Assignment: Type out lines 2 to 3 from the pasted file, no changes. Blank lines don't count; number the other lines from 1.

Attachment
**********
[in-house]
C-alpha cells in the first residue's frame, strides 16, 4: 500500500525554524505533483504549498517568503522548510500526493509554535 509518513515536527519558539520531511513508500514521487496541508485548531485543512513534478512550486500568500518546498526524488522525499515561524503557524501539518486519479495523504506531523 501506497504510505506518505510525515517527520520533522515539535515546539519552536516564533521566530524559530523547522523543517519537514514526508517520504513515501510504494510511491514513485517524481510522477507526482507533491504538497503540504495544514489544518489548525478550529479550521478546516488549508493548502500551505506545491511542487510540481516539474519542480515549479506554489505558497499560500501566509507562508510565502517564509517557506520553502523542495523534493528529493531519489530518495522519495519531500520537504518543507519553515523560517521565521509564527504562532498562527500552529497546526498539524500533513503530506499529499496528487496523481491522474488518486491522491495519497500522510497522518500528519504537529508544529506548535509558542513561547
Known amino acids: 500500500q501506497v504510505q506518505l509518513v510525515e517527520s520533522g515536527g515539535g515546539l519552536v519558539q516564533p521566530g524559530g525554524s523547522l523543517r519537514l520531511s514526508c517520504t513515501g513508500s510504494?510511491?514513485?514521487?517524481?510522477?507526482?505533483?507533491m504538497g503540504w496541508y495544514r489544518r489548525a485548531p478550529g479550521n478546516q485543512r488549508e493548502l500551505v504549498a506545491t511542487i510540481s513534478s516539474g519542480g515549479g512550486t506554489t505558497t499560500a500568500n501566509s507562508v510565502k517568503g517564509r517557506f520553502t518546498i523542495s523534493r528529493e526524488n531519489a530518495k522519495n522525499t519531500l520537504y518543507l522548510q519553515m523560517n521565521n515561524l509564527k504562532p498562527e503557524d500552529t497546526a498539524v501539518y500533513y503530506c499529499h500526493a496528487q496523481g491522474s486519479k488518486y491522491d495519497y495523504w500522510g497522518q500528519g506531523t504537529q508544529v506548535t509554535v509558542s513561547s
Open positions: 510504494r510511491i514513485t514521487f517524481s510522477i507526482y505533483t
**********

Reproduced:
C-alpha cells in the first residue's frame, strides 16, 4: 500500500525554524505533483504549498517568503522548510500526493509554535 509518513515536527519558539520531511513508500514521487496541508485548531485543512513534478512550486500568500518546498526524488522525499515561524503557524501539518486519479495523504506531523 501506497504510505506518505510525515517527520520533522515539535515546539519552536516564533521566530524559530523547522523543517519537514514526508517520504513515501510504494510511491514513485517524481510522477507526482507533491504538497503540504495544514489544518489548525478550529479550521478546516488549508493548502500551505506545491511542487510540481516539474519542480515549479506554489505558497499560500501566509507562508510565502517564509517557506520553502523542495523534493528529493531519489530518495522519495519531500520537504518543507519553515523560517521565521509564527504562532498562527500552529497546526498539524500533513503530506499529499496528487496523481491522474488518486491522491495519497500522510497522518500528519504537529508544529506548535509558542513561547
Known amino acids: 500500500q501506497v504510505q506518505l509518513v510525515e517527520s520533522g515536527g515539535g515546539l519552536v519558539q516564533p521566530g524559530g525554524s523547522l523543517r519537514l520531511s514526508c517520504t513515501g513508500s510504494?510511491?514513485?514521487?517524481?510522477?507526482?505533483?507533491m504538497g503540504w496541508y495544514r489544518r489548525a485548531p478550529g479550521n478546516q485543512r488549508e493548502l500551505v504549498a506545491t511542487i510540481s513534478s516539474g519542480g515549479g512550486t506554489t505558497t499560500a500568500n501566509s507562508v510565502k517568503g517564509r517557506f520553502t518546498i523542495s523534493r528529493e526524488n531519489a530518495k522519495n522525499t519531500l520537504y518543507l522548510q519553515m523560517n521565521n515561524l509564527k504562532p498562527e503557524d500552529t497546526a498539524v501539518y500533513y503530506c499529499h500526493a496528487q496523481g491522474s486519479k488518486y491522491d495519497y495523504w500522510g497522518q500528519g506531523t504537529q508544529v506548535t509554535v509558542s513561547s